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5

For 3D, Unity uses PhysX. According to this answer, PhysX uses a symplectic integrator. The paper it cites as evidence is a bit more ambiguous though: Since it is a commercial engine the implementation details are unknown ... Most physics engines provide results similar to the Symplectic Euler integrator, or 2nd order Euler. Novodex (Ageia PhysX) ...


4

What you have here are two constraints that need to be resolved. On one hand, you need the sphere to stay outside the wall, by pushing it along the normal. On the other hand, you have the constraint that the sphere needs to stay attached to the ground. If you don't want to try writing fancy solvers, the easiest way to do this is to use an iterative solver. ...


4

Any easy way to do this is to form your cloth to approximate the surface as many small spheres. This will work if you have a fairly good particle size to edge-length ratio. To avoid a silly N^2 collision detection algorithm you can use a simple implementation of spacial hashing. First lets talk about spatial hashing for a discrete point. You take it's ...


3

Inverse kinematics. That is the word I think you are looking for (easily googlable). As for libraries, I do not think so. It is very rare technique - the only game I can think of using inverse kinematics is Kingdom Come: Deliverance.


2

getBoundsInParent() returns the bounding box around the shape — a rectangle. The built-in intersects() check works only for rectangular shapes, not for circles, polygons, etc. For these, you'd need to implement the check yourself.


2

I don't know the specifics of GameMaker, but this is how I achieved this effect in Unity. First I defined a Boundary class that defines the limits of the play area. This class includes a method trimToBoundary that takes an arbitrary coordinates and clamps them to the boundary space, like this Mathf.Clamp (x, xMin, xMax), Mathf.Clamp (y, yMin, yMax), Then ...


1

I've been puzzling with this in the creation of my physics based game. I've decided to settle with creating my animations used a skeletal key-frame based animations system (Similar to flash if you've used it). I will then create physics bodies for each 'limb' of my character. Each of these limbs will have forces applied (depending on the distance from the ...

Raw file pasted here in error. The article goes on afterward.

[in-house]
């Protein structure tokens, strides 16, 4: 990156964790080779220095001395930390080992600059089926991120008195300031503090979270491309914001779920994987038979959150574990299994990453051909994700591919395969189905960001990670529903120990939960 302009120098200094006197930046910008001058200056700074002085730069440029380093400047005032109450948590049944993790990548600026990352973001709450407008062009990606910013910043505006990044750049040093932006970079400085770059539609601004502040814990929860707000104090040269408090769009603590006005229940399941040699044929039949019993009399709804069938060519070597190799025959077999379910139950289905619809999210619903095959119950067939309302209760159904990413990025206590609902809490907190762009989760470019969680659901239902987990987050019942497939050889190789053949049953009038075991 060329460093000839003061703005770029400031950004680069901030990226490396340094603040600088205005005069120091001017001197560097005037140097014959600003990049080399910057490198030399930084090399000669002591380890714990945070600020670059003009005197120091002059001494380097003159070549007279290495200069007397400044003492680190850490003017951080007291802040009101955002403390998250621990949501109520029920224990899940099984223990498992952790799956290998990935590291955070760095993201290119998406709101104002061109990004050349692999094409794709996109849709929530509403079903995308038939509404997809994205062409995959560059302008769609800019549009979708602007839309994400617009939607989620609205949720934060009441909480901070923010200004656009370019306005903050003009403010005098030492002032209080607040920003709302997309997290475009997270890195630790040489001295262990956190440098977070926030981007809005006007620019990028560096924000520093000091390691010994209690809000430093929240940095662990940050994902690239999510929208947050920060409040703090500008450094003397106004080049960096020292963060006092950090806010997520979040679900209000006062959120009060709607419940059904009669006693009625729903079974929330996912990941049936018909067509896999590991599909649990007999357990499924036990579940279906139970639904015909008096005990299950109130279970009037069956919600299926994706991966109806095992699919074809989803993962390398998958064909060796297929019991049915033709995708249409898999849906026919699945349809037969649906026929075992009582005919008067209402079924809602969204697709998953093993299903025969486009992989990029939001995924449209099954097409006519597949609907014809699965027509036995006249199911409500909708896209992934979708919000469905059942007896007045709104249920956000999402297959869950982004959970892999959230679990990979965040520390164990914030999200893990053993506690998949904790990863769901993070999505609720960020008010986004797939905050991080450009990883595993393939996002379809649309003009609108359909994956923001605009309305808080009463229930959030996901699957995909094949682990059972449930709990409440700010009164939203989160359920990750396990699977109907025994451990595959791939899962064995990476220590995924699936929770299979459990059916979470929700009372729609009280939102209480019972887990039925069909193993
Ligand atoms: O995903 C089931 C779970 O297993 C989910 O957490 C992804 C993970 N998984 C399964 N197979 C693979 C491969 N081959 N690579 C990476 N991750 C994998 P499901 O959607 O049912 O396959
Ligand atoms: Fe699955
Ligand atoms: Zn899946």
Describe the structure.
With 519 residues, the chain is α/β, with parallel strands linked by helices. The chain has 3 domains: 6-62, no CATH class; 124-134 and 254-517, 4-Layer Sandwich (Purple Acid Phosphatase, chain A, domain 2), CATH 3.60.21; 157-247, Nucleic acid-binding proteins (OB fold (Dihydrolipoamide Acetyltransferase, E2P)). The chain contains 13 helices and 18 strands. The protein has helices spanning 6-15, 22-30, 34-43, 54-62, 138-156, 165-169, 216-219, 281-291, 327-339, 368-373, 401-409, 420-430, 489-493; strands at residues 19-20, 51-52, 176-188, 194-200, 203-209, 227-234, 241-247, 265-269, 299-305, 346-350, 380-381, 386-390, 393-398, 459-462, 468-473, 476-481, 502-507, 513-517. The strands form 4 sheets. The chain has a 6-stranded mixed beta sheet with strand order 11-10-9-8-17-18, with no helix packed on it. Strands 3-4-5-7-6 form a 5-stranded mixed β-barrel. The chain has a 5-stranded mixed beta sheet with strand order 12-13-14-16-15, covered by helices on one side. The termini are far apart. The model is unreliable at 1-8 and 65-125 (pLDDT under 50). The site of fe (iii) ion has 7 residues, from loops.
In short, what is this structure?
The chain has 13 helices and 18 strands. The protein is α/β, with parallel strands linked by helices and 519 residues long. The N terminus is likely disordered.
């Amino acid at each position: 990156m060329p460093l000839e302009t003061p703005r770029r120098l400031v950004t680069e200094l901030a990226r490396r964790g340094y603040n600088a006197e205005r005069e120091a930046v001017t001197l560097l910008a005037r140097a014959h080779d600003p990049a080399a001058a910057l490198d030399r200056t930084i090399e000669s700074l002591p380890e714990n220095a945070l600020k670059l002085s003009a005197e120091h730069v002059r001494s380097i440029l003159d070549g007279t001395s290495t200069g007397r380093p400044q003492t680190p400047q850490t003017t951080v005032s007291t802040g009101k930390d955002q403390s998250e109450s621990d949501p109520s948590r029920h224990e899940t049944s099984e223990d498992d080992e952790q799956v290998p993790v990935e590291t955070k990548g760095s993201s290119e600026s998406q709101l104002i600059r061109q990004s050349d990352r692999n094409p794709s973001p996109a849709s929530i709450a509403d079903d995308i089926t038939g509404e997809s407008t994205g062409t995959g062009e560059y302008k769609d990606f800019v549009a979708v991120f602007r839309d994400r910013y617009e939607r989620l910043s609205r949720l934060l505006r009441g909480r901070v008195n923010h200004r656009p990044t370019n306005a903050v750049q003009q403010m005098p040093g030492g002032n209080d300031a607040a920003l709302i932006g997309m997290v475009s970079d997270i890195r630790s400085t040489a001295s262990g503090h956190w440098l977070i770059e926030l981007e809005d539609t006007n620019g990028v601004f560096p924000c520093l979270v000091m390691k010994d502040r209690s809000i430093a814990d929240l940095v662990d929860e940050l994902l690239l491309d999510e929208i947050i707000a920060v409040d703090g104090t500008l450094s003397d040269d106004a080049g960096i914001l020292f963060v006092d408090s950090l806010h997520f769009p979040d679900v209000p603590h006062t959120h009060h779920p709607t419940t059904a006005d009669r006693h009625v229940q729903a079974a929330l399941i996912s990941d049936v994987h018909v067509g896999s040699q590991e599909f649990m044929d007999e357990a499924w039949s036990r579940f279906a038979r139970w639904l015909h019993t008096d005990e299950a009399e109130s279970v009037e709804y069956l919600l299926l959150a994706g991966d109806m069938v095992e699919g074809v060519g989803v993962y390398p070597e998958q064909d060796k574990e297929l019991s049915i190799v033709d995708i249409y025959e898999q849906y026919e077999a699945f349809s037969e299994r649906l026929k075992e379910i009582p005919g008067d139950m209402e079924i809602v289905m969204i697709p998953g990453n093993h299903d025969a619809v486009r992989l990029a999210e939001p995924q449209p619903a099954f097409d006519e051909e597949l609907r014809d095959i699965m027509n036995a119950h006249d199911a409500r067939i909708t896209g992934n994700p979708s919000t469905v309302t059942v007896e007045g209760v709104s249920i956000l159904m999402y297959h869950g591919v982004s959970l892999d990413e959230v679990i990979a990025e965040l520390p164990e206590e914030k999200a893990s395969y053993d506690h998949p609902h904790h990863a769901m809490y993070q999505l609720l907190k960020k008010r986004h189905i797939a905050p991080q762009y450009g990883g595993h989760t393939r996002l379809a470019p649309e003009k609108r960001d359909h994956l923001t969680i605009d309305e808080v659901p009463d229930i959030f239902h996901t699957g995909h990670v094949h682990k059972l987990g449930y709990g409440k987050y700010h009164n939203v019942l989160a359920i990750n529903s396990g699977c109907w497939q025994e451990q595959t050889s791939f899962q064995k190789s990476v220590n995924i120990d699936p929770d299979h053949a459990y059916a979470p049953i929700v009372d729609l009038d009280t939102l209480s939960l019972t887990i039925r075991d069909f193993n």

1

Your car is slipping for the same reason that a car hanging up-side down, riding the ceiling, with 100% friction would slip. 100% friction roughly means that 100% of the force exerted via the wheels on the terrain is used to counter movement perpendicular along the normal of the terrain. But this force still isn't enough to counter the force of gravity. This ...


1

You add a constant force by doing pretty much what you're doing already. The problem you're likely having is a debugging one, or your expecting more force to be added then you're actually adding. Keep in mind that if you want the force to affect the object, you'll probably want to apply a larger force when the touch has ended. Remember that how much the ...


1

Mmmm, interesting question. The first approximation could be the following: simply divide your character into a set of physical bodies. I mean, you could calculate resultant force on legs, feet, arms and hands and operate with the results. Think in Rayman, for example. It can be a good model to start with. The character would be formed by head, body, hands ...


1

Typically a physics engine will follow these steps: Broad-phase collision detection. Typically using bounding volumes, this reduces the set of all objects to a small subset of potentially colliding objects. Some data structures to handle broad-phase are AABB trees, KD-trees, Octrees, etc. Narrow-phase collision detection. From the subset of potential ...


1

Finally, I found the geometric solution! I will share the code in JavaScript with three.js which is a 3d library, provides math stuff to JavaScript. var face = contactInfo.face, normal = contactInfo.normal, distance = contactInfo.distance, point1 = new THREE.Vector3(), point2 = new THREE.Vector3(), direction = new ...


1

In case you're looking for a pure geometric solution and not a physics one, i.e. you're not using gravity so that the ball falls down basically on an inclined plane, then I suggest you look at it as finding the position of the center after the collision so that the ball is tangent to both the wall and the ground. Unfortunately I cannot make a fancy drawing, ...


1

Why calculate the trajectory for the sounds/slow down effects? If you split the act of slowing down the camera and playing effects into sections upon approach to your squishy victim then you can essentially play them on condition of their proximity. This is a great example that comes to mind. The proximity slow down effects employed in Peggle The ball ...


1

There's nothing built in that'll allow you to view gizmos in a released game. However, you can create your own debugging viewer by using the LineRenderer. Personally I would create something like a DrawBounds method that accepts the Bounds property of the collider.


1

If you have sleeping allowed (and the b2_timeToSleep is sufficiently short for your needs) you can use the b2Body::isAwake function to test if a rock is settled. Pseudo-code: For body in bodies: If(body is rock and not body->isAwake()) Then //Apply impulse End If End loop



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